(No.83) Exploring the IG dimensions of Open Government Data Policy: supporting development, promoting freedom, promoting development
Question 2 in Freedom, Openness and Security: Freedom of expression and free flow of information: how do legal framework
Local and national governments across the world are rapidly adopting Open Government Data (OGD) policies, developing open data portals, placing government data online under open licenses, developing standards for data sharing, and supporting the emergence of new social and commercial enterprises to use OGD. These policies and practices are built upon the Internet infrastructure, and contribute to the emergence of a ‘web of data’. Whilst many fora focus on the practical issues of developing OGD policies, it is important to take stock of the emerging governance issues, and to identify the connections between key issues in the development of OGD, and the Internet Governance issues that underly them, or to which they give rise. In particular, through an open discussion drawing heavily on contributions from the floor and widely promoted remote participation, this workshop will address: * Definitions of Open Government Data - exploring how the definition chosen affects citizens access to information, and addressing issues about the rights of citizens to also contribute to the creation of datasets that can support governance. Increasingly crowdsourced data like Open Street Map might be considered essential for governance, even though not produced by government. * Ensuring open data impacts - OGD has been described as a powerful policy tool for economic growth and social development. Early experience shows that OGD on it’s own is often not enough to secure these outcomes, so it is essential to explore the other interventions and background conditions that allow a community to make the most of OGD to promote freedom, openness and development. * Right to data - most OGD policies are presently administrative policies, and do not give citizens a right to access certain datasets, or create obligations on states to maintain an infrastructure for making open data available. The ‘right to data’ is being developed in a number of areas as a potential policy to address this. * Privacy and data protection - many open government datasets are derived from citizens personal data, and as more datasets are published the risks of ‘jigsaw identification’ of private information increases (particularly as OGD interacts with social media content). OGD may limit the effectiveness of national data protection laws to regulate how firms use data, as OGD is accessible globally. * National data infrastructure - many of the tools for gaining value from open data, either for citizens or companies, are cloud based, and may be based outside national borders. We will address potential issues linked to IGF themes on infrastructure and cloud computing. * Standards and open data - in order to support the emergence of a ‘web of data’ and support comparability across countries, publishing OGD often involves the development and use of standards for content (e.g. definitions of the column headings for ‘public spending data’). These standards impact upon the information citizens will have access to, and their freedom to re-use that information in different ways. Questions of access to standard setting processes, and the impacts of OGD standards on different national and cultural contexts will be important to address. The workshop will draw upon a prior workshop to be held at the Open Knowledge Foundation OKFest in Helsinki in September 2012, and a number of other workshop discussions which will feed into the background paper. Further background: **Open Data Kenya** http://www.scribd.com/WorldBankPublications/d/75642393-Open-Data-Kenya-L... World Bank Open Development Technology Alliance: Jeff Kaplan et. al. **Special Issue: Community Informatics and Open Government Data, April 2012** http://ci-journal.net/index.php/ciej/issue/view/41 Co-edited by Tim Davies and Zainab Bawa **ICT For or Against Development, The Emerging Case of Web 3** http://wiki.ikmemergent.net/files/1204-IKM-Working_Paper_16-WEB3-Mar_201... Mike Powel, Tim Davies, Keisha Taylor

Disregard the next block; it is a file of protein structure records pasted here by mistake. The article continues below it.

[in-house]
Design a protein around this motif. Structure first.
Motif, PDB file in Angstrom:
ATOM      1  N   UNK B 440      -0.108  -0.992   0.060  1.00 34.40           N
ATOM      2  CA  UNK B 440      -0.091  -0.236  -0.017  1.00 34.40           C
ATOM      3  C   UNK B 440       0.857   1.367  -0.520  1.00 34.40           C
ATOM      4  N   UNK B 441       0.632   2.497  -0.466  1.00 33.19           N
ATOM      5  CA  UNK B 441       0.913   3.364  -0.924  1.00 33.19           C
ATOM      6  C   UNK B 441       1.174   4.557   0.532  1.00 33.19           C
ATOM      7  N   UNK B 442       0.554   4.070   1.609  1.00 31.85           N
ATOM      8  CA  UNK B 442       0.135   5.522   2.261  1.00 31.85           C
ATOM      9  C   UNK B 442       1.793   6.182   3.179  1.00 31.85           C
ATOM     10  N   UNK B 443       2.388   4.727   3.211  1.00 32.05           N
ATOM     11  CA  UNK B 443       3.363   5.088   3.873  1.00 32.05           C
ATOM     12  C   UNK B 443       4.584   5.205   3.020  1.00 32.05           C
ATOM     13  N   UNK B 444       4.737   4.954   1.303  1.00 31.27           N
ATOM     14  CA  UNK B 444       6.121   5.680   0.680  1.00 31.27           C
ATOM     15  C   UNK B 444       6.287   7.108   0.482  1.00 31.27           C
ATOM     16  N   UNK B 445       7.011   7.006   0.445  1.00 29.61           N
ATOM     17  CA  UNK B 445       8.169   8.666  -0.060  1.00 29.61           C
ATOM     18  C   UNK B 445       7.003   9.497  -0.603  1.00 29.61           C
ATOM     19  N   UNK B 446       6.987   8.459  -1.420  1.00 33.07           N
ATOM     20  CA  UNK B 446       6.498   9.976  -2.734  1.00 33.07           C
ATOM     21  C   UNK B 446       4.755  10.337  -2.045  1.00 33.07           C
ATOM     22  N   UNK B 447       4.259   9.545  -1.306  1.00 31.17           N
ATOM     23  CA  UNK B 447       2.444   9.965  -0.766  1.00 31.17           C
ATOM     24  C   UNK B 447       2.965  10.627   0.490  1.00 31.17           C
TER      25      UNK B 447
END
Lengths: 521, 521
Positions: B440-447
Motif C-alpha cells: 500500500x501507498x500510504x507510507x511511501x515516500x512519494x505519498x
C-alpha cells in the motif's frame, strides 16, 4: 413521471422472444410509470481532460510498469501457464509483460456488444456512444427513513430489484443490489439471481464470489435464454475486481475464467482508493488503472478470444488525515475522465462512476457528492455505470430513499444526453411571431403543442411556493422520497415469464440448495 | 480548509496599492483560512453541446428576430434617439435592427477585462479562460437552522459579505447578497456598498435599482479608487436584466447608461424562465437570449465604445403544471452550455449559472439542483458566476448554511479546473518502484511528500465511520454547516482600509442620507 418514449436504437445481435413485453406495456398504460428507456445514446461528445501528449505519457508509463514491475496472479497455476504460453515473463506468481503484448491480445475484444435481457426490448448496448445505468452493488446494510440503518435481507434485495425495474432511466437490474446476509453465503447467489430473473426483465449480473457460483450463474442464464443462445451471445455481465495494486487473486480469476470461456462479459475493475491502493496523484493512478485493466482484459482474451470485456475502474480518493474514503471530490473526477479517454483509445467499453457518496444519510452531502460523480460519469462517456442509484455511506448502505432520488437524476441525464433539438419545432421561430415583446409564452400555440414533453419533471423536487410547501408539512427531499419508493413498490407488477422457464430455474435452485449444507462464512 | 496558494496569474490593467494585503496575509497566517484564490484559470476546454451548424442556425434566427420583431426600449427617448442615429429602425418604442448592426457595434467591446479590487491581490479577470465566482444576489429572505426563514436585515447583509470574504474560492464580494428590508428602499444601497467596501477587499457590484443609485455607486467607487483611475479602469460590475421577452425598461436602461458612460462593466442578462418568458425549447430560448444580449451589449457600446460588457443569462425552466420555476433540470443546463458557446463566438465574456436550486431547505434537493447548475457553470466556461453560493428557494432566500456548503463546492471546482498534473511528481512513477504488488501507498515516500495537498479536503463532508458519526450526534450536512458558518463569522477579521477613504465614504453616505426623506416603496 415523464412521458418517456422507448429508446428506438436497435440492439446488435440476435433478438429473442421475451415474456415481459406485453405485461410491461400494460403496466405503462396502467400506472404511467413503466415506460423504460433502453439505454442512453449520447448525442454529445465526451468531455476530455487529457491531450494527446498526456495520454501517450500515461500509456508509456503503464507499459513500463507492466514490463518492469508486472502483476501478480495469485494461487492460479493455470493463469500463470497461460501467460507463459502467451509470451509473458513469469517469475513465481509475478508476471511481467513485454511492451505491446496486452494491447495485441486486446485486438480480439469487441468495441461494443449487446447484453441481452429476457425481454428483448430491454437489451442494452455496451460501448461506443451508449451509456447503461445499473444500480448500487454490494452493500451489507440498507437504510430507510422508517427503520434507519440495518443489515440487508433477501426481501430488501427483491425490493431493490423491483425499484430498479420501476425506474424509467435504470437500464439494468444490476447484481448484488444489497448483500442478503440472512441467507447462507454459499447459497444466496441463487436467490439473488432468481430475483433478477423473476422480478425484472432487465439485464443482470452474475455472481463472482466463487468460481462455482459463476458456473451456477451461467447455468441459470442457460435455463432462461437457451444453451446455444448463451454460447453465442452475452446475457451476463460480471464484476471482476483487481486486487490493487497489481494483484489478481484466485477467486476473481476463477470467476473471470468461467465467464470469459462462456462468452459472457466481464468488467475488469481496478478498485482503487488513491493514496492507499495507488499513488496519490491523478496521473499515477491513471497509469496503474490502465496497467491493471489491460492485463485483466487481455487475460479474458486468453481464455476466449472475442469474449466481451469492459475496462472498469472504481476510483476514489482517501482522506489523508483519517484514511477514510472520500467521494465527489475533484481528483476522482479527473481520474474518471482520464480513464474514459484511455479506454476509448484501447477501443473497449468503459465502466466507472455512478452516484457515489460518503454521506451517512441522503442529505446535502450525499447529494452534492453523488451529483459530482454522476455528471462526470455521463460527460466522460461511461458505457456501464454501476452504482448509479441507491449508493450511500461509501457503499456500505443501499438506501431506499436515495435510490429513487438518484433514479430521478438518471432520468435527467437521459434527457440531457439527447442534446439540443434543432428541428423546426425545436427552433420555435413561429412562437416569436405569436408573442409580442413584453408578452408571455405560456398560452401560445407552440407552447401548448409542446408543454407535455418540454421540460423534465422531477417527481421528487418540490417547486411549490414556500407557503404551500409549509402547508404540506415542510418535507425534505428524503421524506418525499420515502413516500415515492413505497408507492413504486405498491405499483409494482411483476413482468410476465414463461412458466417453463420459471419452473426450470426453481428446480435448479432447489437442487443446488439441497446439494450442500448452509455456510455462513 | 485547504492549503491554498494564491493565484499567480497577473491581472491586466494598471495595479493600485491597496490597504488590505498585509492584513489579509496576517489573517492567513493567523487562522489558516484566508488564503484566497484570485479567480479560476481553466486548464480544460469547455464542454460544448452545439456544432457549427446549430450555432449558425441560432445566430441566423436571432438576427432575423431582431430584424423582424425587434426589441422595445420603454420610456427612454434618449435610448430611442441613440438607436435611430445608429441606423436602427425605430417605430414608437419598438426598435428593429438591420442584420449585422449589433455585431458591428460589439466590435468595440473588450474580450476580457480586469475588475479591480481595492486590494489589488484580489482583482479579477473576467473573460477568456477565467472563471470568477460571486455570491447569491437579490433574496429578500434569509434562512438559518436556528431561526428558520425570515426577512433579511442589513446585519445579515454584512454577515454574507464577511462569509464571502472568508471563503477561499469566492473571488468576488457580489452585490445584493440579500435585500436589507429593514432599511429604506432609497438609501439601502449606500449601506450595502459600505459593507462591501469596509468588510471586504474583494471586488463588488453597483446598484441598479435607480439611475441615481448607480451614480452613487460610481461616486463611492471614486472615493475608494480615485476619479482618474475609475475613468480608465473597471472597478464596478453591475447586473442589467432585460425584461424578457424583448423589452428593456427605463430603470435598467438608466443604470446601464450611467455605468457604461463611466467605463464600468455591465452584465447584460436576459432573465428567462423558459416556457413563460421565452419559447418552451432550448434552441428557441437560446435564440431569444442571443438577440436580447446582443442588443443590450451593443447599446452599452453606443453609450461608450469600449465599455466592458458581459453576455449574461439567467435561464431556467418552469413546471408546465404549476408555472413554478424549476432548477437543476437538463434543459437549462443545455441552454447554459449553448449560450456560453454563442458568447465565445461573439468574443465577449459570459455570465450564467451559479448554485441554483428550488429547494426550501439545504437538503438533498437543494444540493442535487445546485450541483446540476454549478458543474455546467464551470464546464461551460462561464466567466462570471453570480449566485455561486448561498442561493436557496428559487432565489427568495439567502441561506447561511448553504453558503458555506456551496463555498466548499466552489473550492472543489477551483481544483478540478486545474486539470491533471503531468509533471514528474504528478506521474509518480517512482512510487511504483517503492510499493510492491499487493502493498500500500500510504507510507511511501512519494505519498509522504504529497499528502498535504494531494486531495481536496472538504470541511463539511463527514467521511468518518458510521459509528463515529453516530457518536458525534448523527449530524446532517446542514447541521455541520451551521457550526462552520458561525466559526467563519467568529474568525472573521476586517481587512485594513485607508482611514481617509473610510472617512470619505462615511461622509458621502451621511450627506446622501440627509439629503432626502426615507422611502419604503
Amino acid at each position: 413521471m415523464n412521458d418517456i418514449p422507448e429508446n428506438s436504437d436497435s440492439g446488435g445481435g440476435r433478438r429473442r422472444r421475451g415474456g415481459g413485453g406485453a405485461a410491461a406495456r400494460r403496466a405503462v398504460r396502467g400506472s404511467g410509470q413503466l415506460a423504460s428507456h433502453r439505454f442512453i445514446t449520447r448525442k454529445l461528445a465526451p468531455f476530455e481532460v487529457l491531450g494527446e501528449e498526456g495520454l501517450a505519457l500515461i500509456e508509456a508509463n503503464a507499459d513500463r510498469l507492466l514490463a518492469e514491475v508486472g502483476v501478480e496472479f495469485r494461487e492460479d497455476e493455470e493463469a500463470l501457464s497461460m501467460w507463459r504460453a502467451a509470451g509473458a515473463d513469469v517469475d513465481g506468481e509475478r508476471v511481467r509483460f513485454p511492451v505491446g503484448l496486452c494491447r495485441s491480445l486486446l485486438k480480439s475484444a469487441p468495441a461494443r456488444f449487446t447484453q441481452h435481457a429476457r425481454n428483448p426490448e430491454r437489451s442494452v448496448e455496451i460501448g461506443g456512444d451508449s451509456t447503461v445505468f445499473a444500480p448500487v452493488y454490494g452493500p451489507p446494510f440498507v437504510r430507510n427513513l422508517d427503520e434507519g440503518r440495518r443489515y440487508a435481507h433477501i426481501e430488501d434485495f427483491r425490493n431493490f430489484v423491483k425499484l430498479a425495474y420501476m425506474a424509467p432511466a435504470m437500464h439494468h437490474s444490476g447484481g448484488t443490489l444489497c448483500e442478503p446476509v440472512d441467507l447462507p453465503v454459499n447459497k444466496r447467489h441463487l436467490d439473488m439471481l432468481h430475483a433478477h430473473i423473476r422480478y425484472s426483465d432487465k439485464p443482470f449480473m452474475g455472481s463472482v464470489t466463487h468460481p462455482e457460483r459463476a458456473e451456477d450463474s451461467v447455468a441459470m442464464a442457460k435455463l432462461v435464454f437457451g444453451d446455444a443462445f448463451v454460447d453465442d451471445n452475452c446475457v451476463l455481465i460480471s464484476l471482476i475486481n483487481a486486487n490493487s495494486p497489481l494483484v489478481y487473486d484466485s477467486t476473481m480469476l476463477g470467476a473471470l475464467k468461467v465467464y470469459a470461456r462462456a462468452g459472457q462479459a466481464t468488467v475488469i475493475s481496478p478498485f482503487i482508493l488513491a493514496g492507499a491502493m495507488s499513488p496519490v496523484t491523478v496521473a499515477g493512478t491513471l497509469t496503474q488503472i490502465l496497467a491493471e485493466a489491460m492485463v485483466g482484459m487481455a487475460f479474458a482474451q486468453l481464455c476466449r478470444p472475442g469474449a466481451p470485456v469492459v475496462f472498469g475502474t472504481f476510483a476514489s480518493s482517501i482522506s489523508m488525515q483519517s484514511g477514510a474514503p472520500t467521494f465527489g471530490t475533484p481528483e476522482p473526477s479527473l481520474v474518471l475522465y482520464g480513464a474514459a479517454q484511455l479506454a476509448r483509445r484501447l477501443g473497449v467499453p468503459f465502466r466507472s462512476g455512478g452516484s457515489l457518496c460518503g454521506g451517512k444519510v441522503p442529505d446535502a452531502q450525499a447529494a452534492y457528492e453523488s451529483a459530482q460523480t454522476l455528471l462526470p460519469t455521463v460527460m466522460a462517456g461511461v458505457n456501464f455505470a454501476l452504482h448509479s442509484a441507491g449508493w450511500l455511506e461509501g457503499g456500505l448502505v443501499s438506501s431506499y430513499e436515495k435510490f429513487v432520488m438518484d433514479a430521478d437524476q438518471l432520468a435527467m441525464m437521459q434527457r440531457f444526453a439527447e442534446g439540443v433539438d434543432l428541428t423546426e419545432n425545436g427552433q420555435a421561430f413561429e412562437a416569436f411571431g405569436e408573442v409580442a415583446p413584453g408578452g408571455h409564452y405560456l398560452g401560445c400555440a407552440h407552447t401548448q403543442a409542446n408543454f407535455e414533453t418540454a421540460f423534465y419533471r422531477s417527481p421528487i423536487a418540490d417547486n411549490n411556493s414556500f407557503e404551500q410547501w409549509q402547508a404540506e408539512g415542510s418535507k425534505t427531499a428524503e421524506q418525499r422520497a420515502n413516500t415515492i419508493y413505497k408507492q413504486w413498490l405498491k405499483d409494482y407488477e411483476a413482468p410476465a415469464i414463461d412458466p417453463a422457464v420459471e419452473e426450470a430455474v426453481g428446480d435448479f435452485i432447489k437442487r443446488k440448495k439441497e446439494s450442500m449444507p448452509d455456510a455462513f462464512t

Tim Davies, University of Southampton Web Science Doctoral Training Centre, UK Javier Ruiz, Open Rights Group, UK Adam Peake, GLOCOM, Japan Daniel Dietrich, Open Knowledge Foundation, Germany Marco Fioretti, Italy
GLOCOM, 2009 Workshop: http://www.intgovforum.org/cms/index.php/component/chronocontact/?chrono... Tim Davies, 2011 Workshop: http://www.intgovforum.org/cms/components/com_chronocontact/uploads/WSPr...
PS Bitange NDemo, Kenya Ministry of Information and Communications Daniel Dietrich, Germany, Open Knowledge Foundation Laurent Elder, Canada, International Development Research Centre (IDRC) Vagner Diniz, Brazil, W3C Keisuke Kamimura, Asia Pascific, GLOCOM Marco Fioretti, Italy, Digital Standards Campaigner We will also look to engage with a young panelist, either through remote participation on in-person once potential delegates are confirmed.